Tree Canopy in Boise’s North End
By Chelsea Chambers
Photos Emma Thompson
It’s the early 1900s. Boise slowly begins to spread its wings and stretch out of its mining roots. The allure of the Gold Rush lay the foundation for what is now our beautiful and bustling City of Trees.
An oasis in the high desert, the Boise River gave life to a variety of trees, making Boise stand out against the surrounding sagebrush. Early settlers saw Boise’s tree-lined potential and helped shape the budding city.
The North End—Boise’s most densely treed neighborhood—was once just groves of maples and other trees. Before the boom of Harrison Boulevard, before the unique architecture and beautiful landscaping. In fact, the trees were planted long before the homes were built. Which is one of the reasons that the North End Neighborhood Association (NENA) jumped at the opportunity to be a part of Boise’s Community Forestry Plan.
The plan encompasses the city’s overall goal for urban forestry maintenance and involves each neighborhood and city center—bringing them all into the fold over time. For now, the North End is the first neighborhood association to be involved in the plan, partially due to their personal forestry goals.
“Our main objectives are to increase tree density and diversity, while safely preserving the trees we have,” said Mark Baltes, President of NENA.
By working closely with the City of Boise and establishing a partnership with the Treasure Valley Canopy Network (TVCN), NENA will have a better chance of caring for and maintaining their vast network of trees.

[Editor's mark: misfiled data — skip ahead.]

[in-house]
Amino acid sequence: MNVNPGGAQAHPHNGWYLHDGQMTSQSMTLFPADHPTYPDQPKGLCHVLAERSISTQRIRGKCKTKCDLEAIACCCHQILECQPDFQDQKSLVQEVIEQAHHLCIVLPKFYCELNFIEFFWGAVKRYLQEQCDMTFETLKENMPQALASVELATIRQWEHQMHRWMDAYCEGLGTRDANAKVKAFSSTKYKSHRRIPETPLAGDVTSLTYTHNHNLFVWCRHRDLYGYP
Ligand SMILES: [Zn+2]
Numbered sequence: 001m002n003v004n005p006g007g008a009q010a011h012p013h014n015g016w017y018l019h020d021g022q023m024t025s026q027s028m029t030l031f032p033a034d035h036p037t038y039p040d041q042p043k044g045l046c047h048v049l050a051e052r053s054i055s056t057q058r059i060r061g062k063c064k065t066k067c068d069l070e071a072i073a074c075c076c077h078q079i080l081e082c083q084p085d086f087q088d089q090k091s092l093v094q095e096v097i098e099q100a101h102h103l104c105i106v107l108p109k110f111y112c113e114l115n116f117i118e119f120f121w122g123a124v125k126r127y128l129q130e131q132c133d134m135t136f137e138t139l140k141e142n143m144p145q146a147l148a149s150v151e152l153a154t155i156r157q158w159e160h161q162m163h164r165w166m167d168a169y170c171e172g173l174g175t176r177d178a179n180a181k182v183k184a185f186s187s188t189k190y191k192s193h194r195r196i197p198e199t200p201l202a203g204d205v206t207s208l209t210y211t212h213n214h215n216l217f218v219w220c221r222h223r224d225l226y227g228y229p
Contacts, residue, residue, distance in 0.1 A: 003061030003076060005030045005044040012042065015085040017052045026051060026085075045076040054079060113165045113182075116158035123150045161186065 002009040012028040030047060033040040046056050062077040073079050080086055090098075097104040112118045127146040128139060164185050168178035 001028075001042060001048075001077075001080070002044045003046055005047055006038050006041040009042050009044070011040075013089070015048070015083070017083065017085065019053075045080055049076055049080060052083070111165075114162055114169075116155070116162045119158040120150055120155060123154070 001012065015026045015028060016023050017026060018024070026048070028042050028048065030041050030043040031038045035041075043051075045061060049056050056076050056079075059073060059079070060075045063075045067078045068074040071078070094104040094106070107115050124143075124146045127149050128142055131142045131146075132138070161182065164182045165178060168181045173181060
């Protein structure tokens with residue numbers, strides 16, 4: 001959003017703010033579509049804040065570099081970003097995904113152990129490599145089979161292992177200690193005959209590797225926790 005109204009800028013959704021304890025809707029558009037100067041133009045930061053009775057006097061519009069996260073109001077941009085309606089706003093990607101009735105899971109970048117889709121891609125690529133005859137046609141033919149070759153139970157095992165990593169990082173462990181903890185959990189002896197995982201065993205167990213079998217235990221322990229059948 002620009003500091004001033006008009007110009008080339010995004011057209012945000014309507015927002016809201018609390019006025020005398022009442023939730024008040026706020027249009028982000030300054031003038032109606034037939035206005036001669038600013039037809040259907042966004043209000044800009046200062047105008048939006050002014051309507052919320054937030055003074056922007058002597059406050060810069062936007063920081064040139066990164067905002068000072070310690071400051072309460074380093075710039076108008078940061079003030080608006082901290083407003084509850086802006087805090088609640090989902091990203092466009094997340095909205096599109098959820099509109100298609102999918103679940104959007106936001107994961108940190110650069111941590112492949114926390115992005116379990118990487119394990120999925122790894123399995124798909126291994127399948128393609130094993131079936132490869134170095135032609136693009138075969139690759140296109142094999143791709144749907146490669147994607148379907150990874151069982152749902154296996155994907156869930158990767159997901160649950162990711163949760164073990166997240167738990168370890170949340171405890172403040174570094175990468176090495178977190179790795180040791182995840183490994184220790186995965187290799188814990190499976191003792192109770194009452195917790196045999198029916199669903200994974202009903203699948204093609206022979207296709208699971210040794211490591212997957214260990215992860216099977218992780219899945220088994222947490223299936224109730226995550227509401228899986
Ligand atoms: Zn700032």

“This plan definitely has its challenges,” remarks Lance Davisson of TVCN. “Things like tree age, water consumption, and open space needs each play a role in the Community Forestry Plan. But our partnerships with community groups like NENA can help get things going. Our goals are to collaborate, innovate, and create a sustainable network of urban forestry throughout Boise.”
There is currently 16% tree coverage in Boise, and it is the City’s goal to have 20% by 2025 and increase tree density on both private and public lands.
“You have to think before you plant. We are in a unique landscape,” explained Mike Andrews, Assistant Forester for the City of Boise. “It’s often best to plant trees that can withstand the high desert. And that’s where education comes in.”
NENA has hired their first ever ‘Tree Czar,’ Julia Grant, who will help to educate the public on proper urban forestry practices and share the idea of tree sustainability and historic preservation in the North End and beyond.
“Our tree canopy is a defining characteristic of the North End. It is something to protect, preserve, and grow,” said Mark.
As the City of Boise, TVCN, and NENA continue to pave the way for the future of Boise’s urban forestry, they would each like to encourage us all to plant smart and get involved.
To learn more about TVCN, visit tvcanopy.net. And check out the North End Neighborhood Association at www.northendboise.org.